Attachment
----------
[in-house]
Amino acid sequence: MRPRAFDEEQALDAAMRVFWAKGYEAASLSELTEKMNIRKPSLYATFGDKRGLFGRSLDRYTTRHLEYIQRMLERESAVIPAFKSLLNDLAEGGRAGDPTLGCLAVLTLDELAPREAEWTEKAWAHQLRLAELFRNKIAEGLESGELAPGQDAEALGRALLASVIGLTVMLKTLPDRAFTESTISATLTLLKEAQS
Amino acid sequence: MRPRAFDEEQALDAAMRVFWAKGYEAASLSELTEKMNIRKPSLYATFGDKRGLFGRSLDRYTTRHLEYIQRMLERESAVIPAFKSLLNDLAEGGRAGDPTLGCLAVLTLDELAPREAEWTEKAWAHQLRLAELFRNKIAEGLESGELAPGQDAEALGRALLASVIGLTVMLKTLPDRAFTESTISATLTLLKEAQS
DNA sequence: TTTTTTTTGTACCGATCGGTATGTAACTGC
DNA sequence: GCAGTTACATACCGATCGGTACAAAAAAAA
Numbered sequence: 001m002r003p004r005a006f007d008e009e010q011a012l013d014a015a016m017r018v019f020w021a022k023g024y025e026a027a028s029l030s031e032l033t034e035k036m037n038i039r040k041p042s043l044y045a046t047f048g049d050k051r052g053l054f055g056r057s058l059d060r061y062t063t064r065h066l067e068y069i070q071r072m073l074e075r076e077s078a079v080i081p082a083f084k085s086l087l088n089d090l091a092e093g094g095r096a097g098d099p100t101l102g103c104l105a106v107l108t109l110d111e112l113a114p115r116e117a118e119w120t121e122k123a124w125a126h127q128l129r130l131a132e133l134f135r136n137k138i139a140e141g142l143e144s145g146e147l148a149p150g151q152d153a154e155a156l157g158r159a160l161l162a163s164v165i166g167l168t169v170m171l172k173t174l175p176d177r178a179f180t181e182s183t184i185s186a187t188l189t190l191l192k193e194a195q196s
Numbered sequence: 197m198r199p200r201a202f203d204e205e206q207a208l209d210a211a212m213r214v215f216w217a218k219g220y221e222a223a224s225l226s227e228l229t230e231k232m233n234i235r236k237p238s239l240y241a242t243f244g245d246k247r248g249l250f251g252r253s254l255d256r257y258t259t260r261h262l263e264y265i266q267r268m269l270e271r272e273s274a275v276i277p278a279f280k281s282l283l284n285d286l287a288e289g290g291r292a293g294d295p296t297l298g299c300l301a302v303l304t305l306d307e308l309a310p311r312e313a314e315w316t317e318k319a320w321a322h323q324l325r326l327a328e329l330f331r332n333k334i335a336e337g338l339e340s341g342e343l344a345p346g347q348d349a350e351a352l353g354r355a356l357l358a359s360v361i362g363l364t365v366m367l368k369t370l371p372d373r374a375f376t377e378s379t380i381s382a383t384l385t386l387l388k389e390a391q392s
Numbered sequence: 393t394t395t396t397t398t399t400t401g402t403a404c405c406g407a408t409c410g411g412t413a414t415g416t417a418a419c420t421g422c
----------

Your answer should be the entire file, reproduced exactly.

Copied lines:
[in-house]
Amino acid sequence: MRPRAFDEEQALDAAMRVFWAKGYEAASLSELTEKMNIRKPSLYATFGDKRGLFGRSLDRYTTRHLEYIQRMLERESAVIPAFKSLLNDLAEGGRAGDPTLGCLAVLTLDELAPREAEWTEKAWAHQLRLAELFRNKIAEGLESGELAPGQDAEALGRALLASVIGLTVMLKTLPDRAFTESTISATLTLLKEAQS
Amino acid sequence: MRPRAFDEEQALDAAMRVFWAKGYEAASLSELTEKMNIRKPSLYATFGDKRGLFGRSLDRYTTRHLEYIQRMLERESAVIPAFKSLLNDLAEGGRAGDPTLGCLAVLTLDELAPREAEWTEKAWAHQLRLAELFRNKIAEGLESGELAPGQDAEALGRALLASVIGLTVMLKTLPDRAFTESTISATLTLLKEAQS
DNA sequence: TTTTTTTTGTACCGATCGGTATGTAACTGC
DNA sequence: GCAGTTACATACCGATCGGTACAAAAAAAA
Numbered sequence: 001m002r003p004r005a006f007d008e009e010q011a012l013d014a015a016m017r018v019f020w021a022k023g024y025e026a027a028s029l030s031e032l033t034e035k036m037n038i039r040k041p042s043l044y045a046t047f048g049d050k051r052g053l054f055g056r057s058l059d060r061y062t063t064r065h066l067e068y069i070q071r072m073l074e075r076e077s078a079v080i081p082a083f084k085s086l087l088n089d090l091a092e093g094g095r096a097g098d099p100t101l102g103c104l105a106v107l108t109l110d111e112l113a114p115r116e117a118e119w120t121e122k123a124w125a126h127q128l129r130l131a132e133l134f135r136n137k138i139a140e141g142l143e144s145g146e147l148a149p150g151q152d153a154e155a156l157g158r159a160l161l162a163s164v165i166g167l168t169v170m171l172k173t174l175p176d177r178a179f180t181e182s183t184i185s186a187t188l189t190l191l192k193e194a195q196s
Numbered sequence: 197m198r199p200r201a202f203d204e205e206q207a208l209d210a211a212m213r214v215f216w217a218k219g220y221e222a223a224s225l226s227e228l229t230e231k232m233n234i235r236k237p238s239l240y241a242t243f244g245d246k247r248g249l250f251g252r253s254l255d256r257y258t259t260r261h262l263e264y265i266q267r268m269l270e271r272e273s274a275v276i277p278a279f280k281s282l283l284n285d286l287a288e289g290g291r292a293g294d295p296t297l298g299c300l301a302v303l304t305l306d307e308l309a310p311r312e313a314e315w316t317e318k319a320w321a322h323q324l325r326l327a328e329l330f331r332n333k334i335a336e337g338l339e340s341g342e343l344a345p346g347q348d349a350e351a352l353g354r355a356l357l358a359s360v361i362g363l364t365v366m367l368k369t370l371p372d373r374a375f376t377e378s379t380i381s382a383t384l385t386l387l388k389e390a391q392s
Numbered sequence: 393t394t395t396t397t398t399t400t401g402t403a404c405c406g407a408t409c410g411g412t413a414t415g416t417a418a419c420t421g422c